Sir CV Raman's 125th birthday celebrated with a Google doodle

Sir CV Raman's 125th birthday celebrated with a Google doodle
Sir CV Raman's 125th birthday has inspired Thursday's doodle on Google India.

One of India's most prolific scientists, Chandrasekhara Venkata Raman was awarded the Nobel prize for Physics in 1930 for discovering that when light passes through a transparent material, some part of the deflected light changes in wavelength. The phenomenon was part of a theory that was named Raman effect, after the physicist himself.

Thursday's Google doodle features a postage stamp like graphic with Sir CV Raman's head shot along with the diagram of the apparatus demonstrating the Raman effect, all somehow also looking like the alphabets of the Google logo.

CV Raman was born in Thiruvanaikaval, Trichinopoly, Madras Presidency, in British India to R. Chandrasekhara Iyer and Parvati Ammal on 7 November 1888. He passed his Bachelors degree in 1904 he passed securing first place and bagged a gold medal in physics. He got his Masters degree with the highest distinctions in 1907.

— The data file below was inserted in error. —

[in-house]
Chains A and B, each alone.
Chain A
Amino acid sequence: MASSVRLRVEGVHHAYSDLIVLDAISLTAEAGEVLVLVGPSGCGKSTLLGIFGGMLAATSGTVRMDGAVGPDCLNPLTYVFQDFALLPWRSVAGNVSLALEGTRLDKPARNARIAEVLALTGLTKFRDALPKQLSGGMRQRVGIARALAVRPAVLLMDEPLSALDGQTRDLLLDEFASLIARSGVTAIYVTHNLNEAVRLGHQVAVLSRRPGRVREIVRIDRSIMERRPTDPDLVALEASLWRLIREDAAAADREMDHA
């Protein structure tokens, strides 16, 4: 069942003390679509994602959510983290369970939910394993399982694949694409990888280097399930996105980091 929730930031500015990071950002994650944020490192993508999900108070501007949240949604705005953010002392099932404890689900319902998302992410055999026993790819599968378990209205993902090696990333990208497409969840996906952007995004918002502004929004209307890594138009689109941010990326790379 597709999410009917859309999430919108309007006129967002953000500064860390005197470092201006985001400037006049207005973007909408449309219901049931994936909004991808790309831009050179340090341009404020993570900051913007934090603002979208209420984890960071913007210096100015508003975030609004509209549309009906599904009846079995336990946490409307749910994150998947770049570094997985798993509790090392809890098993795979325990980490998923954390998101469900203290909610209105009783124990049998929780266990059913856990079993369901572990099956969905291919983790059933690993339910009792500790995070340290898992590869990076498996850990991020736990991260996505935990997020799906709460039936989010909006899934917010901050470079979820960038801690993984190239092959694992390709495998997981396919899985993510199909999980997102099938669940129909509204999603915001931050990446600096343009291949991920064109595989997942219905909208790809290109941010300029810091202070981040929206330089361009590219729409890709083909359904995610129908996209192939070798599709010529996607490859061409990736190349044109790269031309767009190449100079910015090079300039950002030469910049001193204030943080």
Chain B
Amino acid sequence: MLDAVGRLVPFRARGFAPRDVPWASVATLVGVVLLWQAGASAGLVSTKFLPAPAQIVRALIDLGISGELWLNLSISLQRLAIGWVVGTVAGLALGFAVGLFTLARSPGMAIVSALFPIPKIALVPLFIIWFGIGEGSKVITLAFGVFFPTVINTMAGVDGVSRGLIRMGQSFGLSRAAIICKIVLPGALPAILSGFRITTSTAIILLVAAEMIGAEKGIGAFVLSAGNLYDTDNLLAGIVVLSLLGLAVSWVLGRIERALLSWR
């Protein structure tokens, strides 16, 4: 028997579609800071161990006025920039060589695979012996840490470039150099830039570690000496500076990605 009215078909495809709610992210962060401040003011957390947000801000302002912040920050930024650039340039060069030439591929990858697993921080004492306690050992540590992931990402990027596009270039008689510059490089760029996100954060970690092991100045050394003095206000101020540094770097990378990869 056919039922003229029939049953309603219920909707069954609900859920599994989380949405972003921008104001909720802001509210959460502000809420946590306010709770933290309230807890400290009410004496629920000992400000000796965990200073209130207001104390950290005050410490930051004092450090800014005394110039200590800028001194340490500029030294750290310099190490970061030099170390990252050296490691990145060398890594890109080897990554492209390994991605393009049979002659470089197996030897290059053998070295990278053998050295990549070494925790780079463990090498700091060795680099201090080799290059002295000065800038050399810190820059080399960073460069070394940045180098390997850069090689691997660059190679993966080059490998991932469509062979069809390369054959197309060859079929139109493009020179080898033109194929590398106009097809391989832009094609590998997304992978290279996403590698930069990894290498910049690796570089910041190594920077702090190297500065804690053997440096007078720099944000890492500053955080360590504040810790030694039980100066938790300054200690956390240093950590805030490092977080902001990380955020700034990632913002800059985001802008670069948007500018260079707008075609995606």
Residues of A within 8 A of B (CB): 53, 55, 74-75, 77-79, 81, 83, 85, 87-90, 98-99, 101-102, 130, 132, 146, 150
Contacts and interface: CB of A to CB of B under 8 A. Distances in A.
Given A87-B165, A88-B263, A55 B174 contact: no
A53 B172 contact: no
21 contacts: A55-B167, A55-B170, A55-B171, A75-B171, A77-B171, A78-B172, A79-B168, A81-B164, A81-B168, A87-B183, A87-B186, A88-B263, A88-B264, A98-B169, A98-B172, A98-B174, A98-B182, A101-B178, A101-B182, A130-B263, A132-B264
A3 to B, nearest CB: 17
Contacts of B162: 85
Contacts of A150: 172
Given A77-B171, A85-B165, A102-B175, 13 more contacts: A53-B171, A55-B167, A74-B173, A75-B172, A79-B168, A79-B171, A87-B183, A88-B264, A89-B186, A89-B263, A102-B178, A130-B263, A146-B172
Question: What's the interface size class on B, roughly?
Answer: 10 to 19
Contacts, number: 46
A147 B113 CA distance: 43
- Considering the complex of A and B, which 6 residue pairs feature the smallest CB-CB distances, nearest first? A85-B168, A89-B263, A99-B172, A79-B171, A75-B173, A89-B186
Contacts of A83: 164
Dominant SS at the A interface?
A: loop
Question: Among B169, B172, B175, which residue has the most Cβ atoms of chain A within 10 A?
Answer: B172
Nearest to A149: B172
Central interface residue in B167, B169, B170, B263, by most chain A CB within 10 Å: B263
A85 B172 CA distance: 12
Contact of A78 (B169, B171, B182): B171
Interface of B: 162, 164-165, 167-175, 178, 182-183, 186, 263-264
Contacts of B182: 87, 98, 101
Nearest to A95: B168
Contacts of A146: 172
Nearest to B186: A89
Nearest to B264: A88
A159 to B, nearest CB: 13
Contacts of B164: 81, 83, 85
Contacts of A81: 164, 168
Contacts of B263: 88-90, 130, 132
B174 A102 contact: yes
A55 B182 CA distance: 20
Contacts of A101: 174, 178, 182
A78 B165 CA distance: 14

On 28 February 1928, Raman conducted experiments with collaborators, such as K. S. Krishnan, on the scattering of light, and discovered the Raman effect, which offered further proof of the quantum nature of light.

Raman was conferred a knighthood, as well as medals and honorary doctorates by various universities and was president of the 16th session of the Indian Science Congress in 1929. He won the Nobel Prize in Physics in 1930 "for his work on the scattering of light and for the discovery of the Raman effect". Raman was the first Asian and first non-White to receive any Nobel Prize in the sciences.

CV Raman also worked on the acoustics of musical instruments and on a theory of transverse vibration of bowed strings, on the basis of superposition velocities. He was also interested in optics of colloids, electrical and magnetic anisotropy, and the physiology of human vision.

CV Raman retired from the Indian Institute of Science in 1944 and founded the Raman Research Institute in Bangalore, Karnataka.

Raman died on 21 November 1970, in Bangalore, at the age of 82.

For more Google doodles, visit this page.


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